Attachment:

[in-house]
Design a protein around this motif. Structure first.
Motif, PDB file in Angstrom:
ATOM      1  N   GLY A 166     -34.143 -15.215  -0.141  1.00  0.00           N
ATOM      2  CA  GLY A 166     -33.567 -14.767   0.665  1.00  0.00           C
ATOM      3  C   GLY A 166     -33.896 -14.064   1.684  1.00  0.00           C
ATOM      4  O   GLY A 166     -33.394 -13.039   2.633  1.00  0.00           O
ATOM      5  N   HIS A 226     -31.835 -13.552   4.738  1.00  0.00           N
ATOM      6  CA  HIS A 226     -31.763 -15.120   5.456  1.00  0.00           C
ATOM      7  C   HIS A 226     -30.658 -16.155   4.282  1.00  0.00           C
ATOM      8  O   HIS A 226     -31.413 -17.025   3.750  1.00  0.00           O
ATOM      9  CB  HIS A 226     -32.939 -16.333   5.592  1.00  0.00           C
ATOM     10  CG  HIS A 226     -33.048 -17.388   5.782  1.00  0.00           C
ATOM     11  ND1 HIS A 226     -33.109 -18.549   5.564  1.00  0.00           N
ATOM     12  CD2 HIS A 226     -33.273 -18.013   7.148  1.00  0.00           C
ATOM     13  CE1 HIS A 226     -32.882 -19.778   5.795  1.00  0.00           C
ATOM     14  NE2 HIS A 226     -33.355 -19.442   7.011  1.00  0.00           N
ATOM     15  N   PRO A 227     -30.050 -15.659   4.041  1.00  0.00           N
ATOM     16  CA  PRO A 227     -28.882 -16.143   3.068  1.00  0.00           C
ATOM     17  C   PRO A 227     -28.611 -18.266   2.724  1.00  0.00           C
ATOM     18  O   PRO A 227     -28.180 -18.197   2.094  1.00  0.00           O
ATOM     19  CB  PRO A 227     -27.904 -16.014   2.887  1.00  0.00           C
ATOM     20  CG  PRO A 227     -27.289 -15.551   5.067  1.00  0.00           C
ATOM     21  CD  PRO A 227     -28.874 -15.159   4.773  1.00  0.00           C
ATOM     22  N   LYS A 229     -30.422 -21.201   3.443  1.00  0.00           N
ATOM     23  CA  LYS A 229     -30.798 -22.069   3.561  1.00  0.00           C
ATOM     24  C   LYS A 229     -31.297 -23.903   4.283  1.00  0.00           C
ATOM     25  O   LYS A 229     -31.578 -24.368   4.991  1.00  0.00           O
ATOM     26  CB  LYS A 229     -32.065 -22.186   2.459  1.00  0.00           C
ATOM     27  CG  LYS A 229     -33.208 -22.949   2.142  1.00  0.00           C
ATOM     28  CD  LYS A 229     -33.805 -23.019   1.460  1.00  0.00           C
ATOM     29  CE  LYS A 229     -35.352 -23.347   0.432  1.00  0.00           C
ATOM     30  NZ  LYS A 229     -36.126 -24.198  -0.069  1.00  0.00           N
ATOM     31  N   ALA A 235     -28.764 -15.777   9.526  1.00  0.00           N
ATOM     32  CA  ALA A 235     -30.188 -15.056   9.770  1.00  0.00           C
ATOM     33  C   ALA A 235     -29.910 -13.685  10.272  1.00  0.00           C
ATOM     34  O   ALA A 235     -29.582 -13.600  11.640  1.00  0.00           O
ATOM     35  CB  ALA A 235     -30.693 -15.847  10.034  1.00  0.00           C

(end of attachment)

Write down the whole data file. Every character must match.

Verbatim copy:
[in-house]
Design a protein around this motif. Structure first.
Motif, PDB file in Angstrom:
ATOM      1  N   GLY A 166     -34.143 -15.215  -0.141  1.00  0.00           N
ATOM      2  CA  GLY A 166     -33.567 -14.767   0.665  1.00  0.00           C
ATOM      3  C   GLY A 166     -33.896 -14.064   1.684  1.00  0.00           C
ATOM      4  O   GLY A 166     -33.394 -13.039   2.633  1.00  0.00           O
ATOM      5  N   HIS A 226     -31.835 -13.552   4.738  1.00  0.00           N
ATOM      6  CA  HIS A 226     -31.763 -15.120   5.456  1.00  0.00           C
ATOM      7  C   HIS A 226     -30.658 -16.155   4.282  1.00  0.00           C
ATOM      8  O   HIS A 226     -31.413 -17.025   3.750  1.00  0.00           O
ATOM      9  CB  HIS A 226     -32.939 -16.333   5.592  1.00  0.00           C
ATOM     10  CG  HIS A 226     -33.048 -17.388   5.782  1.00  0.00           C
ATOM     11  ND1 HIS A 226     -33.109 -18.549   5.564  1.00  0.00           N
ATOM     12  CD2 HIS A 226     -33.273 -18.013   7.148  1.00  0.00           C
ATOM     13  CE1 HIS A 226     -32.882 -19.778   5.795  1.00  0.00           C
ATOM     14  NE2 HIS A 226     -33.355 -19.442   7.011  1.00  0.00           N
ATOM     15  N   PRO A 227     -30.050 -15.659   4.041  1.00  0.00           N
ATOM     16  CA  PRO A 227     -28.882 -16.143   3.068  1.00  0.00           C
ATOM     17  C   PRO A 227     -28.611 -18.266   2.724  1.00  0.00           C
ATOM     18  O   PRO A 227     -28.180 -18.197   2.094  1.00  0.00           O
ATOM     19  CB  PRO A 227     -27.904 -16.014   2.887  1.00  0.00           C
ATOM     20  CG  PRO A 227     -27.289 -15.551   5.067  1.00  0.00           C
ATOM     21  CD  PRO A 227     -28.874 -15.159   4.773  1.00  0.00           C
ATOM     22  N   LYS A 229     -30.422 -21.201   3.443  1.00  0.00           N
ATOM     23  CA  LYS A 229     -30.798 -22.069   3.561  1.00  0.00           C
ATOM     24  C   LYS A 229     -31.297 -23.903   4.283  1.00  0.00           C
ATOM     25  O   LYS A 229     -31.578 -24.368   4.991  1.00  0.00           O
ATOM     26  CB  LYS A 229     -32.065 -22.186   2.459  1.00  0.00           C
ATOM     27  CG  LYS A 229     -33.208 -22.949   2.142  1.00  0.00           C
ATOM     28  CD  LYS A 229     -33.805 -23.019   1.460  1.00  0.00           C
ATOM     29  CE  LYS A 229     -35.352 -23.347   0.432  1.00  0.00           C
ATOM     30  NZ  LYS A 229     -36.126 -24.198  -0.069  1.00  0.00           N
ATOM     31  N   ALA A 235     -28.764 -15.777   9.526  1.00  0.00           N
ATOM     32  CA  ALA A 235     -30.188 -15.056   9.770  1.00  0.00           C
ATOM     33  C   ALA A 235     -29.910 -13.685  10.272  1.00  0.00           C
ATOM     34  O   ALA A 235     -29.582 -13.600  11.640  1.00  0.00           O
ATOM     35  CB  ALA A 235     -30.693 -15.847  10.034  1.00  0.00           C